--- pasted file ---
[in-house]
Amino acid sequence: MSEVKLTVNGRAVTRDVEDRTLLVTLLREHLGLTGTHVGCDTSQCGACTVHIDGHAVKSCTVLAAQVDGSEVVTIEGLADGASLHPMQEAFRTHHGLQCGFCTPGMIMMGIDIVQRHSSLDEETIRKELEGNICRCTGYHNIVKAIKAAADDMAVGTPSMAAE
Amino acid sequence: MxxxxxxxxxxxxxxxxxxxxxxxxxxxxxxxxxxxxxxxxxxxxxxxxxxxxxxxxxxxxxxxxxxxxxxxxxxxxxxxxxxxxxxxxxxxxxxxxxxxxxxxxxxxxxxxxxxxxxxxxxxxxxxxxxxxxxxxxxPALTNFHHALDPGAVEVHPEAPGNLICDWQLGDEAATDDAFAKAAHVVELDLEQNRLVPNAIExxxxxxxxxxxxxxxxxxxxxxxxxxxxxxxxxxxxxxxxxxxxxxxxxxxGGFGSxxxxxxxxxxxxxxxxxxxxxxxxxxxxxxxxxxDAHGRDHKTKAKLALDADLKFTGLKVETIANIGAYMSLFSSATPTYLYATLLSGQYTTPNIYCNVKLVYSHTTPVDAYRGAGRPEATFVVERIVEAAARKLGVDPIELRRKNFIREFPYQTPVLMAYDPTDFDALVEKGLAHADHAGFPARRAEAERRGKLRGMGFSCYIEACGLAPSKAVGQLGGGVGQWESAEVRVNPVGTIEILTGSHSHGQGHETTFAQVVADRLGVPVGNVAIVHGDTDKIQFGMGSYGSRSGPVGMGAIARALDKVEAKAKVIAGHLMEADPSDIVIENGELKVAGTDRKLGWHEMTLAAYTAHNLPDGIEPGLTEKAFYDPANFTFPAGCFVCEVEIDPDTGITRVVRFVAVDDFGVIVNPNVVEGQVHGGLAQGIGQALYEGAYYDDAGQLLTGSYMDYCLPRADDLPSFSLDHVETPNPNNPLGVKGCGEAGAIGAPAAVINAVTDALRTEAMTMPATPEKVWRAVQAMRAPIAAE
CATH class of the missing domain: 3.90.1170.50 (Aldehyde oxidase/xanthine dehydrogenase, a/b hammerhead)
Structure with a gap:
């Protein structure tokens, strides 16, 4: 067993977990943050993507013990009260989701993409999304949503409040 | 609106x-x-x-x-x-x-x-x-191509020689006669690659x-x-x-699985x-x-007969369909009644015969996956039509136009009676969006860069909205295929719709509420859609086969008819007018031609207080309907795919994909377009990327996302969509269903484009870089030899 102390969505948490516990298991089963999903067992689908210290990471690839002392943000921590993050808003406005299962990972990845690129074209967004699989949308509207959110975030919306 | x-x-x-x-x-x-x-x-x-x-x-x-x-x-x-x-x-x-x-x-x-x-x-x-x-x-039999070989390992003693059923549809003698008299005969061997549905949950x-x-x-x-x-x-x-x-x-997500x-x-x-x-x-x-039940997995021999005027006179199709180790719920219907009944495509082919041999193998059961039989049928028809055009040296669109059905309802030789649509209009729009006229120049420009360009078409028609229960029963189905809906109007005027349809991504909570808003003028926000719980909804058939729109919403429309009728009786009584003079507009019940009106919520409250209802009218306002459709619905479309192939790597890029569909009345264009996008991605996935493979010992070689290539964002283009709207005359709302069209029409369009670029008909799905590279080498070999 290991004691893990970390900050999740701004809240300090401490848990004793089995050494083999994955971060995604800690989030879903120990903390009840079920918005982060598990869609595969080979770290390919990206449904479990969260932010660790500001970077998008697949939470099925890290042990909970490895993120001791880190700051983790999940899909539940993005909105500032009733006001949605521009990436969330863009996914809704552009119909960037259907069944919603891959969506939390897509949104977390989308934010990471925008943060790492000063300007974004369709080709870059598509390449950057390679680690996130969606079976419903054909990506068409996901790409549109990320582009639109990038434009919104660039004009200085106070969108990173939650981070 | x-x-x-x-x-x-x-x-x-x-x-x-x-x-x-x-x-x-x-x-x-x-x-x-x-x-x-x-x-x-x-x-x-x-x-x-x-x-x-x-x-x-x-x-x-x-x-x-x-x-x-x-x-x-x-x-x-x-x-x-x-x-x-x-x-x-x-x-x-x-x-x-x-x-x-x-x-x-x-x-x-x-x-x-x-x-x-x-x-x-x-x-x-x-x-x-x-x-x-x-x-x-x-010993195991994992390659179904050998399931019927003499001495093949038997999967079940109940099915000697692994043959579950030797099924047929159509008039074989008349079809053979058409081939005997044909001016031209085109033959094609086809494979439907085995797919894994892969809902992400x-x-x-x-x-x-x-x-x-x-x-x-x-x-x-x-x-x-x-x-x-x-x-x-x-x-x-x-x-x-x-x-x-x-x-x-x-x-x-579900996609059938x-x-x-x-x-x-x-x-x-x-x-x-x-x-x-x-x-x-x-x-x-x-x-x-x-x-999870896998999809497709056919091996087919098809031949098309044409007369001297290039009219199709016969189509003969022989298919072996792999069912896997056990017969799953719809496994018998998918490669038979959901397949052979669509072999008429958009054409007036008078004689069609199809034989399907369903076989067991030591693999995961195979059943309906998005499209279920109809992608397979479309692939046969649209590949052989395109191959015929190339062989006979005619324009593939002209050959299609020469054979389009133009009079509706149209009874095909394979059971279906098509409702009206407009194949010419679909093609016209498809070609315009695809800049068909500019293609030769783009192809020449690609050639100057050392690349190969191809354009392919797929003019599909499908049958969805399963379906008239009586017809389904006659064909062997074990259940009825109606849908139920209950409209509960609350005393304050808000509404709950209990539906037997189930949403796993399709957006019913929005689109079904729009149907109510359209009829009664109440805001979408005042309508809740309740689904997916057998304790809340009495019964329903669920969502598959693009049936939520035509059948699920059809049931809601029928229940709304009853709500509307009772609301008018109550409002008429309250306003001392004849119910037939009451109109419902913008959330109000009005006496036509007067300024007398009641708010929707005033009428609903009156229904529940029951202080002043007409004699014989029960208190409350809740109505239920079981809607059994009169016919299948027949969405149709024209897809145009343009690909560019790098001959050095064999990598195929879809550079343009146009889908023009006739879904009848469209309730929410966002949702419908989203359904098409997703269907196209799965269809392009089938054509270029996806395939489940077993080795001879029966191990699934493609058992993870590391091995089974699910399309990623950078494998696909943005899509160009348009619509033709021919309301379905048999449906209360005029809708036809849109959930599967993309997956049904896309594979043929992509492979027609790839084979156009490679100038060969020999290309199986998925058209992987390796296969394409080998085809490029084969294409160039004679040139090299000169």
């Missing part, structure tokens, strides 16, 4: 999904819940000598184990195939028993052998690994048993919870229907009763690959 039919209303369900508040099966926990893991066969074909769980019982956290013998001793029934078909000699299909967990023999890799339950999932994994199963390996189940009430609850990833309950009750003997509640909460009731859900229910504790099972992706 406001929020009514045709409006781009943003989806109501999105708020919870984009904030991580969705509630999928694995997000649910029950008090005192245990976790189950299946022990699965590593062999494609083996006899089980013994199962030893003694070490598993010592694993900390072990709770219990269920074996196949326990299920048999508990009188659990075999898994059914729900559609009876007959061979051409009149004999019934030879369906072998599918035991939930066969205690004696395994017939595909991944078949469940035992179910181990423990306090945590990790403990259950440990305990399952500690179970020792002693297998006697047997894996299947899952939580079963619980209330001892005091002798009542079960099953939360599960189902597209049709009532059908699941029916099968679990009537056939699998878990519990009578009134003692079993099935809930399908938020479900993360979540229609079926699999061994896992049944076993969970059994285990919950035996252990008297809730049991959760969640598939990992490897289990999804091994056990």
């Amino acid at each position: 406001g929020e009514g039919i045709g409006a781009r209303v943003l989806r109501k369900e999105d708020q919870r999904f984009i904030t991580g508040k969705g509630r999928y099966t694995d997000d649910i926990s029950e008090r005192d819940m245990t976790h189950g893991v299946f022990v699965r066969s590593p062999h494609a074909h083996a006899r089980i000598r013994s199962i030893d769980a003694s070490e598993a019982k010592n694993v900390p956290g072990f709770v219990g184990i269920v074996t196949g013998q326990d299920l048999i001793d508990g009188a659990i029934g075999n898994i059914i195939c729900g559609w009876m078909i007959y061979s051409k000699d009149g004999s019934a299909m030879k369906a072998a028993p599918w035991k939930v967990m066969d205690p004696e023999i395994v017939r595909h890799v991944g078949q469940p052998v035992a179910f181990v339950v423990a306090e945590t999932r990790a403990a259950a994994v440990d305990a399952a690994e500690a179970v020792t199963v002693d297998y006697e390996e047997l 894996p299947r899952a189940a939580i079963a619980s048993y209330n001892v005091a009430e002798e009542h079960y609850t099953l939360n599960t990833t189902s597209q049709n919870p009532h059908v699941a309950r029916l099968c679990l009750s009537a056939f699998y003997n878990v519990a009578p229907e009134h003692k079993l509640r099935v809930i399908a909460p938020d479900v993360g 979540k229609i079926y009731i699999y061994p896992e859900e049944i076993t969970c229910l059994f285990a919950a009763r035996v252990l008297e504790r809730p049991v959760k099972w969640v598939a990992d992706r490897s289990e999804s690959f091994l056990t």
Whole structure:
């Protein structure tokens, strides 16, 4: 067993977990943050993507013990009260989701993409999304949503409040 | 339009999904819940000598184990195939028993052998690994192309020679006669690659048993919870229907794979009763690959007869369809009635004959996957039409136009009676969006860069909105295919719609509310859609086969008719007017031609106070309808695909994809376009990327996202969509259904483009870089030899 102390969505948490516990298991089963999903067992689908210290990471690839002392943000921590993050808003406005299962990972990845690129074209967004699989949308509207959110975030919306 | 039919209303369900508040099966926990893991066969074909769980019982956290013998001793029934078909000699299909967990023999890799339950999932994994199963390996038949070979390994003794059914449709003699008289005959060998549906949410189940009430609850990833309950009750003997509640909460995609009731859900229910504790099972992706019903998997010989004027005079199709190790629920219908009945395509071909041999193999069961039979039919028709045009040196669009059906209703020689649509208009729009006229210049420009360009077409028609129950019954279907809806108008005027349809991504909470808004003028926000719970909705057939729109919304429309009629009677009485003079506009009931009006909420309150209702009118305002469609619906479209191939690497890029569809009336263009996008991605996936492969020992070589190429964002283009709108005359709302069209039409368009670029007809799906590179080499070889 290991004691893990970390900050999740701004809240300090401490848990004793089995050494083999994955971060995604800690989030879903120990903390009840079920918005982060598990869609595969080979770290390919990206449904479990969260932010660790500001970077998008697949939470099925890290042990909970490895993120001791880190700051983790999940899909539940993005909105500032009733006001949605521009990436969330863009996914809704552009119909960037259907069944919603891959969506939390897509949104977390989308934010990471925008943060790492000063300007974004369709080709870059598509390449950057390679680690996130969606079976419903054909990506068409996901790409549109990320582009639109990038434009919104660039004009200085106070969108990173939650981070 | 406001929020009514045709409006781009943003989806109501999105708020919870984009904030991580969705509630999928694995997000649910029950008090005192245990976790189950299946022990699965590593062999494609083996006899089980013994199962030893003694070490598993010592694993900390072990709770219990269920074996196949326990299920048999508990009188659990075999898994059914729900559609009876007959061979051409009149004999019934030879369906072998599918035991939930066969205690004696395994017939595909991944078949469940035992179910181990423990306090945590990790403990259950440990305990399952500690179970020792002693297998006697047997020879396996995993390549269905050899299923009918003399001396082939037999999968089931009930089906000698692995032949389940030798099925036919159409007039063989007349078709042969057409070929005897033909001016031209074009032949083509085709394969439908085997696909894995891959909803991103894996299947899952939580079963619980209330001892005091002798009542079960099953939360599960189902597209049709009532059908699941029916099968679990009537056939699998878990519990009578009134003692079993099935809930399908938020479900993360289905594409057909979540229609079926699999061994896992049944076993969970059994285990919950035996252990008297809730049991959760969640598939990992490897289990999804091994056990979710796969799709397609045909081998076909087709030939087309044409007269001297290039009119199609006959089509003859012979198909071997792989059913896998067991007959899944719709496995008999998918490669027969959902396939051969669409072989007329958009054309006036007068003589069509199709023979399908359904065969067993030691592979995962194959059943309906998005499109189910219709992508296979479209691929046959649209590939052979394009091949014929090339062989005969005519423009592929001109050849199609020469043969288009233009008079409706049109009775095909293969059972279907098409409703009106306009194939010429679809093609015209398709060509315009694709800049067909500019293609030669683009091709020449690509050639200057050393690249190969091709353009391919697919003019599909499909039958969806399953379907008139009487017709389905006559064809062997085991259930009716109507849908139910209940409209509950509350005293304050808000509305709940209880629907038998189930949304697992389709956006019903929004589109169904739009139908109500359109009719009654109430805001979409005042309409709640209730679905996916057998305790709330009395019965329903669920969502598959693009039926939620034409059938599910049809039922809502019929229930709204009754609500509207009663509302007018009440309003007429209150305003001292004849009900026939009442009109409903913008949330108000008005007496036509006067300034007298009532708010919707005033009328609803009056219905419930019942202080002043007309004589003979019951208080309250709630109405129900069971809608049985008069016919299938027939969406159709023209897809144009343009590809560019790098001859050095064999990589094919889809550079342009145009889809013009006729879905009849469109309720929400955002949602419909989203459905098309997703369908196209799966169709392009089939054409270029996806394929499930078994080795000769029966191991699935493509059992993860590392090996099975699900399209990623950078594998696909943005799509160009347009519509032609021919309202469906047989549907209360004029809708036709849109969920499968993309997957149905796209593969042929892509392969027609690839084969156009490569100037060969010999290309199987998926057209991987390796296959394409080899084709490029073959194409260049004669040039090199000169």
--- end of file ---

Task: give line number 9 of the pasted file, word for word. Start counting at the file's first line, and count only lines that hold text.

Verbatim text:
Whole structure: